Reducing organisational stressors

As a new year begins the question of how the industry will retain top talent, support employee wellbeing and reduce ‘wellness washing’ is at the very top of the agenda. The uncertain economic climate will undoubtedly put pressure on initiatives to support staff. 

As Knight explains: “As we head into a recession, all eyes will be focused on optimisation and cutting any non-essential costs, and unfortunately for many organisations, that means lots of initiatives which have less of a direct impact on the bottom line.”

He continues: “In reality, to move from wellness washing initiatives like ‘Wellbeing Days’ and Headspace memberships towards genuine positive impact and results - employers need to look holistically at how they operate to reduce the organisational stressors - i.e. excessive workload, poor internal communication, lack of management support, training and development, and that requires organisational redesign and operational investment.”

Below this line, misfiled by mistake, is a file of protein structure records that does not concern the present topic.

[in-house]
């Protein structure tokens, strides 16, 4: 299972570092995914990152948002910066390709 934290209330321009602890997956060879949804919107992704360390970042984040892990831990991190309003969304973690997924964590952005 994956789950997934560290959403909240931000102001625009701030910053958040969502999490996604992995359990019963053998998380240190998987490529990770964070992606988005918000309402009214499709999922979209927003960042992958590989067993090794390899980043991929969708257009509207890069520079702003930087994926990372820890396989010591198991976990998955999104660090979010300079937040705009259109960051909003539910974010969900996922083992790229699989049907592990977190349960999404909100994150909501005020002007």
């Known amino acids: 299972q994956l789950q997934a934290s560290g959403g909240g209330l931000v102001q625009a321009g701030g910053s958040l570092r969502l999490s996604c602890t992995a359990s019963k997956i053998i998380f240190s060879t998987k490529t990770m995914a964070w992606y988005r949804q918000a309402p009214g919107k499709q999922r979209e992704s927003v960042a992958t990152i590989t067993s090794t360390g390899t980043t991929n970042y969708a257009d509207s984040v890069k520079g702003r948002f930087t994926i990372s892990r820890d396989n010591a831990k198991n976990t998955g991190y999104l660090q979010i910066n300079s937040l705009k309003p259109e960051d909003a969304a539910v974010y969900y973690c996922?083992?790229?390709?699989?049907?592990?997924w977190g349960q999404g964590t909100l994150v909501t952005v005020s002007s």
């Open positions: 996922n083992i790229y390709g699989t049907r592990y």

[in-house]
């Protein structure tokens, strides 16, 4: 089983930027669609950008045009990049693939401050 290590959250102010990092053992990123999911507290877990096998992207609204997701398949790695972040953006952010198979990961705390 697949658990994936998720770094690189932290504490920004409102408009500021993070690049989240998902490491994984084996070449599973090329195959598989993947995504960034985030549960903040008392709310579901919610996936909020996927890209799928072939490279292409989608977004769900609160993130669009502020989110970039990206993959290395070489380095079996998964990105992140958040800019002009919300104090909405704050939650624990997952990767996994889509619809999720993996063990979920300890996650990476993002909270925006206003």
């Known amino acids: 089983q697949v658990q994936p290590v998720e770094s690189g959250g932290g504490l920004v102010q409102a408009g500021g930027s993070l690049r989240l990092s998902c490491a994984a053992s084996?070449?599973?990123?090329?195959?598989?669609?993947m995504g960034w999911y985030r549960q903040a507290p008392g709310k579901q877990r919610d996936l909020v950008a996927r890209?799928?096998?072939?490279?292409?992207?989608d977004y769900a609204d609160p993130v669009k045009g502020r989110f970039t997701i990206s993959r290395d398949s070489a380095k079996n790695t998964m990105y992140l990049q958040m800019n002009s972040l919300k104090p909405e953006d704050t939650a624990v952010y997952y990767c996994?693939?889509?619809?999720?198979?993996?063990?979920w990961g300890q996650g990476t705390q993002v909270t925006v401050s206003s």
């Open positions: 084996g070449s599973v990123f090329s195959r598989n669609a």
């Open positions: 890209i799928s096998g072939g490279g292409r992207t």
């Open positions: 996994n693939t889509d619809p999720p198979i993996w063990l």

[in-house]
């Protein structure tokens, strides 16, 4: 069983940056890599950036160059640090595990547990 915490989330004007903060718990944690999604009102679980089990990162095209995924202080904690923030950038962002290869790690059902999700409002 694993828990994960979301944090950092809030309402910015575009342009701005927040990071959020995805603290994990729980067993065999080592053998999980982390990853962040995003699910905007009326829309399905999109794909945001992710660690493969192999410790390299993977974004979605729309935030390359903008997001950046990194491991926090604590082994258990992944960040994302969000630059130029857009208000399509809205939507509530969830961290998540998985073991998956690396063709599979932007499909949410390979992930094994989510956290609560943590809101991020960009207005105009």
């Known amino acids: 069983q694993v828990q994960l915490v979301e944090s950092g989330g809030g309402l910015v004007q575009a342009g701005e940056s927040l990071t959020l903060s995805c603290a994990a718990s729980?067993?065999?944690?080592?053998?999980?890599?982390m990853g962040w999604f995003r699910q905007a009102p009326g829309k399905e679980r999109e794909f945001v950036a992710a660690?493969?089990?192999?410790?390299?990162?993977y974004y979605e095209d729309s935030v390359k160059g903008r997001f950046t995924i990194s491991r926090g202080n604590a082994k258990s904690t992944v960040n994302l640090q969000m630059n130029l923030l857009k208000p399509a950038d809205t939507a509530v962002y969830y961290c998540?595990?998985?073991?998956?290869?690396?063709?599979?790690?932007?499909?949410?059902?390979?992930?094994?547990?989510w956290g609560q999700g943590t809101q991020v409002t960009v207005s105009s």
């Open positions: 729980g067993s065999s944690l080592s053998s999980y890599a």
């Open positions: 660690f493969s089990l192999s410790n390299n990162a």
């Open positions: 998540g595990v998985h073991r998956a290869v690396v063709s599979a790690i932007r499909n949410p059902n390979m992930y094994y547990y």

The threat for the industry is a perfect storm for talent. As Knight explains: “Generally speaking when things are hard economically, headcounts reduce, hiring is frozen, workload goes up, mental health declines, people burnout or leave, and the problem is further exacerbated.”

Yet the truth is the talent crunch remains and the reality for leaders seeking to retain top talent is that the autonomy of freelancing means there is a growing pool of creatives for which it is fast becoming their Plan A. Or at the very least a very meaningful and accessible Plan B. A shift that means that prioritising not just employee morale, but economic and emotional wellbeing is vital. 

For Knight it means the work of Leapers is increasingly important, as he explains: “I think employee headcounts dropping means that more people will consider (or be pushed into) self-employment, and there will be a greater need for projects like Leapers to support those who are new, and feeling like they don’t have the support they require. I’d like to see more organisations sign up to the FreelanceFriendly pledge and at the very least, signpost their freelancers to support.”

In the midst of a media narrative which has for so long espoused the power of ‘building resilience’, 2023 offers the promise of actually doing things differently. The potential to not simply demand more resilience from people, but take practical steps to reduce the stressors, insensitivity and toxic traits which demand that resilience in the first place.  

Sign up for the FreelanceFriendly pledge here.